Opinion

Formalisation is shrinking the economy

V Kumaraswamy | Updated on September 17, 2019 Published on September 17, 2019

The informal sector employs more people and less capital per unit of output than the organised sector

The drive to make units in the informal sector tax compliant has pushed them to the wall, reducing margins and volumes

The Central government has stayed focussed on both formalisation of the economy and digitisation. Formalisation aims at bringing more of the unorganised sector into the formal fold by means of GST, making it uneconomical for others to deal with it, and ensuring registration under laws governing manufacturing and income tax. Estimates that pegged the formal sector at 45-50 per cent, expect it to now rise to 70-75 per cent within a span of five years.

The government has sought to push digitisation by linking most of its subsidies to bank accounts, opening Jan Dhan accounts, and pushing for more digitised payments across all sections.

Both have laudable objectives. They reduce incentives for evasion, provide a level-playing field for tax-compliant entities, expand the tax base so that the burden falls more equitably on all the players rather than a select few, and increase the tax-GDP ratio.

While the salutary effects are already visible, what may have missed one’s attention is that such formalisation could have inadvertently shrunk the economy leading to slower growth. Let’s examine how indirect taxes like GST may have caused this.

Effect of taxes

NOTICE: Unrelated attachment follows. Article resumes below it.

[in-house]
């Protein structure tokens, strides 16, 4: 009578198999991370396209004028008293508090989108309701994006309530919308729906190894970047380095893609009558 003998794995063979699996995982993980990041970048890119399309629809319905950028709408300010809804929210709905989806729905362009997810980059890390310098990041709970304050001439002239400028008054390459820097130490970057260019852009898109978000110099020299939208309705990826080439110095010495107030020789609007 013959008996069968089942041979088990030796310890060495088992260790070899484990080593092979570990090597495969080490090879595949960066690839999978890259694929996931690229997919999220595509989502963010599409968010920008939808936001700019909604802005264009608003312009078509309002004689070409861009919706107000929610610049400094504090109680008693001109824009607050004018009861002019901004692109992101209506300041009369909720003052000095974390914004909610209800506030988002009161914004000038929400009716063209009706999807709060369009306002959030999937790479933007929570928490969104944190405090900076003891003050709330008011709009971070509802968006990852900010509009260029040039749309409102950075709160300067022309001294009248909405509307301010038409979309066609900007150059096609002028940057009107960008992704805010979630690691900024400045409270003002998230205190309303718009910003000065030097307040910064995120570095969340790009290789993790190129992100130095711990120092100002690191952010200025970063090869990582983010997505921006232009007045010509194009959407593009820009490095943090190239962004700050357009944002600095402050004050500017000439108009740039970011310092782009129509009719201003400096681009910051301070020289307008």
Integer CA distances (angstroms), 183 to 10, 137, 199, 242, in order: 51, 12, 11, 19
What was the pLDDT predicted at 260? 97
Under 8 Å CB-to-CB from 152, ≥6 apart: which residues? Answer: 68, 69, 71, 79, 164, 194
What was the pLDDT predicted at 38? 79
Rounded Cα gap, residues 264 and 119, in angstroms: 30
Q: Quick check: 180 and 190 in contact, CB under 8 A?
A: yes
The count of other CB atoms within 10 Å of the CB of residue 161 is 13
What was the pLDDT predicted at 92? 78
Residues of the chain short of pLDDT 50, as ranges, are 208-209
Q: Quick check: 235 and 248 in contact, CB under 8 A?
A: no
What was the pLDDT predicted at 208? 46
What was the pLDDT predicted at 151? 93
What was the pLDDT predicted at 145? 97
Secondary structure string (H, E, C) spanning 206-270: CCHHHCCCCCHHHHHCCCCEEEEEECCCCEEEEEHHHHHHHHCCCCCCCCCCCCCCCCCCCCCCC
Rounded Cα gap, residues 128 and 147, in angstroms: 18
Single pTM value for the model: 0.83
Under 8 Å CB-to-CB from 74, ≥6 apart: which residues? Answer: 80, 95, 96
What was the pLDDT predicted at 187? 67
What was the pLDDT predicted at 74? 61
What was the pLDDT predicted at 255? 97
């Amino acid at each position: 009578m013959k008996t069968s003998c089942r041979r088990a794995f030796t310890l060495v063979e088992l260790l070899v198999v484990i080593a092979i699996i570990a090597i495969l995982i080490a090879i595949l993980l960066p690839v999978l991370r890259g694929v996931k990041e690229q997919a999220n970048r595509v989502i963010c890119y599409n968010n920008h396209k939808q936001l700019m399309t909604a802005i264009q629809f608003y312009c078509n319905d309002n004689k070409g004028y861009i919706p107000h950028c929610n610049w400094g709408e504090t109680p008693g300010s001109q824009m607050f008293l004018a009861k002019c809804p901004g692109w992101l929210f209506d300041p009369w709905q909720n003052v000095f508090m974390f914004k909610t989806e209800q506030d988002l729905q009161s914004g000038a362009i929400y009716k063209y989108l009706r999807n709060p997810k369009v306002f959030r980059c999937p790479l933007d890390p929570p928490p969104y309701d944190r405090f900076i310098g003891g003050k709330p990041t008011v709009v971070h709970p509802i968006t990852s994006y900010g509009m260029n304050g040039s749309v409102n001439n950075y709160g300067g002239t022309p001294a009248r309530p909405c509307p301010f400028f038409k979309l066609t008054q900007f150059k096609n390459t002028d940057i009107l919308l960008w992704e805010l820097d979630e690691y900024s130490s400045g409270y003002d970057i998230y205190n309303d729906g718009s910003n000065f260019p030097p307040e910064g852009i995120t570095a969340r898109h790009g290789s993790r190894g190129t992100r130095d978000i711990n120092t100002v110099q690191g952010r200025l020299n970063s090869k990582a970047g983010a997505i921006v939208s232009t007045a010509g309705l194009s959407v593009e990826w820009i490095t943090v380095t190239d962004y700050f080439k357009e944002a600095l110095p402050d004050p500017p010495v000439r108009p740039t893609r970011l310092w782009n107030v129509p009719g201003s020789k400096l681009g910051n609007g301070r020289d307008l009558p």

Our economy has been a mix of a largely tax compliant formal sector and an ‘informal’ sector with units that indulge in various levels of tax evasion and dodging of other laws. Through tax evasion, many of the informal and unorganised units across most industries were cost-competitive and enjoyed a fair share of the market. But with the ‘imposition’ of indirect taxes many of them have become uncompetitive.

It is not that all informal units will fall by the wayside. Several units in Sivakasi, Vapi, Manesar-Dharuhera, Baruch-Ankleswar, and Meerut-Moradabad industrial estates — all with a fair proportion of such informal units — are very competitive. They have a far better mix of cheap or competitive labour resource and efficient capital utilisation. Some of them will start paying taxes, and will be cost competitive even after paying taxes.

The net effect of this is that the cost structure of the previously informal sector units will go up, shifting the supply curve up. Tax collection of the government rise, which is a transfer from the pockets of surviving, previously informal, units to the government. Market prices go up and volumes adjust downwards due to price increase. This is illustrated in the graph, where the upward shift is due to better tax compliance.

Profitability of previously tax-compliant units will go up due to price increase, but that of units in the informal sector who are newly tax compliant (but still competitive) will turn worse. It is possible that a larger number of erstwhile informal units become unviable on account of the new taxes, to supply at the market clearing prices.

 

Economic activity